Theatre in Wales

Theatre, dance and performance reviews

Pijin & The Cost of Living: National Companies Poorly Received

National Theatre: Comment

Theatr Genedlaethol Cymru & National Theatre of Wales , Theatre In First Half 2023 , June 29, 2023
National Theatre: Comment by Theatr Genedlaethol Cymru & National Theatre of Wales The review of “Es and Flo” contained a sentence “it is theatre that wants to be theatre.” The review makes a comparison with “the Ministry of Lesbian Affairs” by Iman Qureshi.

The Wales Millennium Centre's production slots alongside other pieces of recent theatre from women writers. Margaret Perry's “Paradise Now” had shared characteristics with “Es and Flo”.

Their stories are original for theatre which means the authors can shape the action for the stage.

The emotions they display are complex and not reducible to a single perspective of rightness.

The dramatists do not present themselves as being on a higher plane of knowledge or morality to their audiences.

A Durham University philosopher has a new book on art and culture. Andy Hamilton writes in chapter 8 of “Art and Entertainment: A Philosophical Enquiry”:

“Art raises possibilities for consideration by the audience; artists do not tell people what to think, but rather present possibilities for consideration.”

* * * *

In the current time, after the two-year loss of communal life, there is increasingly theatre that keeps me at home.

There are different types. One type is where a production states its aim is “to raise awareness.”

This is not an artistic aim.

It proposes that the makers are possessed of a superior knowledge to its viewers. Mark Ravenhill: “It doesn't educate or inform or make you a better citizen. We belittle art when we make it into information.”

* * * *

The national companies of Wales are among those who kept me at home in 2023; or rather sent me to England to seek out nourishing theatre.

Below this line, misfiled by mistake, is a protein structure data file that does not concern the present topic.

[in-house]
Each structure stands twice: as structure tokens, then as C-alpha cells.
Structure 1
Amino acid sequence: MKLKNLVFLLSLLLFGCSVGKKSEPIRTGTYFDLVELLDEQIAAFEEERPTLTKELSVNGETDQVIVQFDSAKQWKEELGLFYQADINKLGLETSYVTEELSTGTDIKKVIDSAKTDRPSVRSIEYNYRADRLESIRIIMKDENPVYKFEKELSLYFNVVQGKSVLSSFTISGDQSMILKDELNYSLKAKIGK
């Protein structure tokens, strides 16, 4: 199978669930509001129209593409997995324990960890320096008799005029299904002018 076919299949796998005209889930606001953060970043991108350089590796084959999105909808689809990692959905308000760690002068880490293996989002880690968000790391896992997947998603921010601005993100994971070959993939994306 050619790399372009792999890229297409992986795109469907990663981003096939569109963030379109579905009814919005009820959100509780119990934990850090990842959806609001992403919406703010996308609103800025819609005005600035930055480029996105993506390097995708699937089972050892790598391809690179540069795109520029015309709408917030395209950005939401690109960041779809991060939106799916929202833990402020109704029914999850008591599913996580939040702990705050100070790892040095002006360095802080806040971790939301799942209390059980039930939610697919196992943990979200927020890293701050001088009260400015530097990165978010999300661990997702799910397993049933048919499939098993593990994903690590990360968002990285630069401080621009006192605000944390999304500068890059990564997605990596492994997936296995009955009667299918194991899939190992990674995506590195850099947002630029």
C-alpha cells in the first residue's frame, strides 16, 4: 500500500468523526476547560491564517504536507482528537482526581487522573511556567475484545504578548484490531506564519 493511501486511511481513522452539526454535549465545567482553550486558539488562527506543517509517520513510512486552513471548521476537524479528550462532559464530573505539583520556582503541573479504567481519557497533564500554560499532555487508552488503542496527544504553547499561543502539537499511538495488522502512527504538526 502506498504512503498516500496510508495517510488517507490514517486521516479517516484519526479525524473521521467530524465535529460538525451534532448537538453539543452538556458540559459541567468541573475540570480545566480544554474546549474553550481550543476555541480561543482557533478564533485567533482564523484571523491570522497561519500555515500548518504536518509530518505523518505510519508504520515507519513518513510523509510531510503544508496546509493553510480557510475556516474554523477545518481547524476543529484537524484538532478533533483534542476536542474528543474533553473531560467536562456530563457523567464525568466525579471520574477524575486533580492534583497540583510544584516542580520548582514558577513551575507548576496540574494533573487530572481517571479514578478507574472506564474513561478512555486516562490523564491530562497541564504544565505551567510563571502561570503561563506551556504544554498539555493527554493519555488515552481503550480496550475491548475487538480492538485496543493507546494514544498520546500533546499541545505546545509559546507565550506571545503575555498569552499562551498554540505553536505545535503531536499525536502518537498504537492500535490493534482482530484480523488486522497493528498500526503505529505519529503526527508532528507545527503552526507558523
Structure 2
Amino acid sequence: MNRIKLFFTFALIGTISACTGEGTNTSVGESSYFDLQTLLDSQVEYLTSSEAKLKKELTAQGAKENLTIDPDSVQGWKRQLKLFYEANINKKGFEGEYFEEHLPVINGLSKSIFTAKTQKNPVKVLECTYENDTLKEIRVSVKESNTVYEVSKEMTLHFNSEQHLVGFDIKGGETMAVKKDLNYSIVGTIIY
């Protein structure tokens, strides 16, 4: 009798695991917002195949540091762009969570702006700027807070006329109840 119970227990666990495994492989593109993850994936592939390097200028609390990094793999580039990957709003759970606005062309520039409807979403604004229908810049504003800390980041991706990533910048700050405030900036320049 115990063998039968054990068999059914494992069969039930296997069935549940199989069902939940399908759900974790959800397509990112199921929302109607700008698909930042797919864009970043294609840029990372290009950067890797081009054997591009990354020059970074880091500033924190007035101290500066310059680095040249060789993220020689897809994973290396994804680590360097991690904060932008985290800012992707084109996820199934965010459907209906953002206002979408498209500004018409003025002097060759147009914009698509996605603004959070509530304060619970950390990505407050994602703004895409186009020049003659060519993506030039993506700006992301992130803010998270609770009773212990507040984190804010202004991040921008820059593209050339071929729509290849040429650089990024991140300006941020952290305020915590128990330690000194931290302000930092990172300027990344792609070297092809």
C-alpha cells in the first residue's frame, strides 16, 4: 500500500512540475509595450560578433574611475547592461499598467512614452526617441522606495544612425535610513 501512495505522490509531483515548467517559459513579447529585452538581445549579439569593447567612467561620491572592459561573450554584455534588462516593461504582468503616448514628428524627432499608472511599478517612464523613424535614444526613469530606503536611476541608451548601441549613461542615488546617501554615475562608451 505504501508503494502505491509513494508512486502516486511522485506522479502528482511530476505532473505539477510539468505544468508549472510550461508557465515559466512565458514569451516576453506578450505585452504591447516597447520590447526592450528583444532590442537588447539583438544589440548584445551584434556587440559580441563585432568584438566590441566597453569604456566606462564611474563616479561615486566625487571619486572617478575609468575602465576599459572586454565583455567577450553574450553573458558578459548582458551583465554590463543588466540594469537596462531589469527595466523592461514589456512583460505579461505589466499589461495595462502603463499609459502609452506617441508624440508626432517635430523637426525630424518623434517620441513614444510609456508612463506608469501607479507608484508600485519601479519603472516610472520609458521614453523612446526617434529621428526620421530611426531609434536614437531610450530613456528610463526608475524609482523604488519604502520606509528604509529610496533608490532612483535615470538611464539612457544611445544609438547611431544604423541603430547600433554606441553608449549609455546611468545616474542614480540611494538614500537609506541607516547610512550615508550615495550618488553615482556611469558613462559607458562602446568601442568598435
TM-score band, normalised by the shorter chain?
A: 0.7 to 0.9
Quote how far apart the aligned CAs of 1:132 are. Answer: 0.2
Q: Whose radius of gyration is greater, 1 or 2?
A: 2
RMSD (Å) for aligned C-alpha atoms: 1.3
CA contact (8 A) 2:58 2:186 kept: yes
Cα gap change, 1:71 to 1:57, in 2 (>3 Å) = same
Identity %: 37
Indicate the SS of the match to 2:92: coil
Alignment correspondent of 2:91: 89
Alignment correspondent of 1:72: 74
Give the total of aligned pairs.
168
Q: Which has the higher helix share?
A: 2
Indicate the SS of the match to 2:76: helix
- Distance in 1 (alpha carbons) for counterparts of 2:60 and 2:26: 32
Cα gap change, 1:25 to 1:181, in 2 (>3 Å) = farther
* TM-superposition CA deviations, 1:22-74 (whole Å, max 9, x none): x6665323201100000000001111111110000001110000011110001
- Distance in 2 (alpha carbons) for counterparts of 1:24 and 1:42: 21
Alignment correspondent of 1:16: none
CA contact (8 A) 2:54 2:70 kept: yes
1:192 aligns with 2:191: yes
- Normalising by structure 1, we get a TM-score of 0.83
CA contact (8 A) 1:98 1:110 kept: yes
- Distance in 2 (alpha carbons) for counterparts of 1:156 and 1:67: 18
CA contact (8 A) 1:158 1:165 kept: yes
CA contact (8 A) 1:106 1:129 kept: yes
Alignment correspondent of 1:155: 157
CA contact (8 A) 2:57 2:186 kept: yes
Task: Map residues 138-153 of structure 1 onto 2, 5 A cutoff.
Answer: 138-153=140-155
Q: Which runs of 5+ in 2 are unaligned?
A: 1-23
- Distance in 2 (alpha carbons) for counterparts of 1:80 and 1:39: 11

Novels come in all forms, sizes and shapes. Aaron Sorkin's reworking of Harper Lee has been a big success, winning Aberystwyth's Gwyneth Keyworth an award as Scout. It has a natural drama to it, being based around a court case.

This is not the case with “Pigeon”. Alys Conran's novel is a bildungsroman spread over years. “Give the protagonist a short time limit. Then shorten it.” It is a useful guide for drama. Re-reading “Pigeon” I could not see where its dramatic centre lay for a theatre adaptation.

In interview the adaptor said: “I kind of honed in on the fact that so much of the story is about friendship, the friendship between Pijin and Iola, and then anything that helped me to tell that story is what I kept.”

But this is not a subject for the stage. Theatre is the art of dilemma. A production can be pumped up with great actors, and a strong team backstage; but they cannot animate what is little fit for the medium.

So it was for “Pijin/ Pigeon” a joint production from Theatr Iolo and Theatr Genedlaethol. The reviewers at Radio Wales' the Review Show noted the decline towards a series of short scenes, a sure sign that the drama is not working. "Ultimately...it didn't quite work me as a piece of theatre...a series of very fast scenes...very jarring.” “Act 2 a series of short exchanges, sometimes they weren't even scenes.”

The Stage too tried to find praise, for the actors, but concluded:

“The production's fussy design falls somewhere between minimalism and epic naturalism, sadly committing to neither. The stage is somehow sparse but cluttered at the same time.